Rock Island Auction Company

Lot 1529: SS Style Marked Nazi Belt Buckle Pistol

Auction Date: September 12, 2014

Price Realized:
Estimated Price: $6,500 - $11,000

SS Style Marked Nazi Belt Buckle Pistol

Manufacturer: Louis Marquis
Model: Third Reich Belt Buckle
Type: Pistol
Gauge: 22 LR
Barrel: 1 13/16 inch square
Finish: blue
Grip:
Stock:
Item Views: 21916
Serial Number:
Catalog Page: 254
Class: Curio & Relic Handgun
Description:

This unique belt buckle gun is chambered in the desirable 22 LR cartridge. These belt buckle pistols had a hinged cover plate that would swing up/open to expose the barrels and firing mechanism inside. The barrels consist of a single, 1 13/16 inch barrel/block that actually has four separate barrels in this one block. This entire barrel/block was designed to spring open when the release levers on the sides were depressed. Each barrel was individually triggered and all four were cocked each time the barrel block was pushed into the closed position. The front cover has a postwar cast aluminum German Army eagle emblem affixed to the front. The underside of the belt buckle is spuriously stamped: "BLN.-44-SS/R.V.F.Z. NR. 1/L". Each major component of the buckle has also been stamped: "1" or "1/L", indicating that it has matching visible parts. The actual design of belt pistols was an invention originally conceived by Louis Marquis while in a WWI POW camp in 1915. As an engineer and inventor, Marquis refined his design and in 1943 received an order to make five initial examples for Himmler's SS. The originals were all SS marked and had SS Eagles on the belt plate. (This is NOT one of those examples!) The underside of the original belt plates of the originals were marked: "Louis Marquis W-Elberfeld A." [see discussion in Deutches Waffen Revue for August and September, 1967, pages 8-9]. [See also page 153, Firearms Curiosa by Winant.].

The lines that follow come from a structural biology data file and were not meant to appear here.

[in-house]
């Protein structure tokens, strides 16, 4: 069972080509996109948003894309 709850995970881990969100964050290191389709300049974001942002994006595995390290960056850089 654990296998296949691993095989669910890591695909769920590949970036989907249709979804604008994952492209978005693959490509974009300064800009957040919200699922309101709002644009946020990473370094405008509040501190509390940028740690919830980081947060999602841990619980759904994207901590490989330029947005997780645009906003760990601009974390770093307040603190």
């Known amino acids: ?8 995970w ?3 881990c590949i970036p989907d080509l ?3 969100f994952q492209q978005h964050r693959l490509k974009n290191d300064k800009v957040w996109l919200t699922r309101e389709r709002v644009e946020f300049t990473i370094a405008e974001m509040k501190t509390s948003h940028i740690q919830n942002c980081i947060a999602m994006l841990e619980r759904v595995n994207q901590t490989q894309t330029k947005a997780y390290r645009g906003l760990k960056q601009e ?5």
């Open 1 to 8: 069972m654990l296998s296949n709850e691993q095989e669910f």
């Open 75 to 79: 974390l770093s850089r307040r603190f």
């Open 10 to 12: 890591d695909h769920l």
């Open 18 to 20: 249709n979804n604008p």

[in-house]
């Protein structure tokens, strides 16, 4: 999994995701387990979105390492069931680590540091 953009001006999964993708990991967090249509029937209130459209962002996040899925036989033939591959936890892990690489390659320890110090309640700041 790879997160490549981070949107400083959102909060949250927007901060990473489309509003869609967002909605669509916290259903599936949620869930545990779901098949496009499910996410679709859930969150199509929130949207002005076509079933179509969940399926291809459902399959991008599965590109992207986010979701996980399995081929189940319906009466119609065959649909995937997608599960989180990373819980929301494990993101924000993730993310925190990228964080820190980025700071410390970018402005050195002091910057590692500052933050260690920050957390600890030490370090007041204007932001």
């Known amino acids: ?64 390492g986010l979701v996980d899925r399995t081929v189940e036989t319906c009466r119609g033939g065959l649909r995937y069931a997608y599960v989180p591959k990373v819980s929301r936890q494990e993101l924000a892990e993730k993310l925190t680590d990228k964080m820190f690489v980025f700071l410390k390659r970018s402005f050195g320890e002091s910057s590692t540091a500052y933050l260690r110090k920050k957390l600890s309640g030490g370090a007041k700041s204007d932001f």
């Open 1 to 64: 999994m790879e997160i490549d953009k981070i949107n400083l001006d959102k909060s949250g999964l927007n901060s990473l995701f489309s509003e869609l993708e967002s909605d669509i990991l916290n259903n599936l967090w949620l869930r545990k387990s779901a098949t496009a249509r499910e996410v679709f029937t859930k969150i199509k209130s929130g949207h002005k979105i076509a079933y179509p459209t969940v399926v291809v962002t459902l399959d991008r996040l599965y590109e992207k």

Rating Definition:

Very good as custom made with half of the blue finish remaining on the buckle overall with the balance having turned a gray patina. The cocking and firing mechanism all seem to work correctly when it is actuated and cycles by hand.



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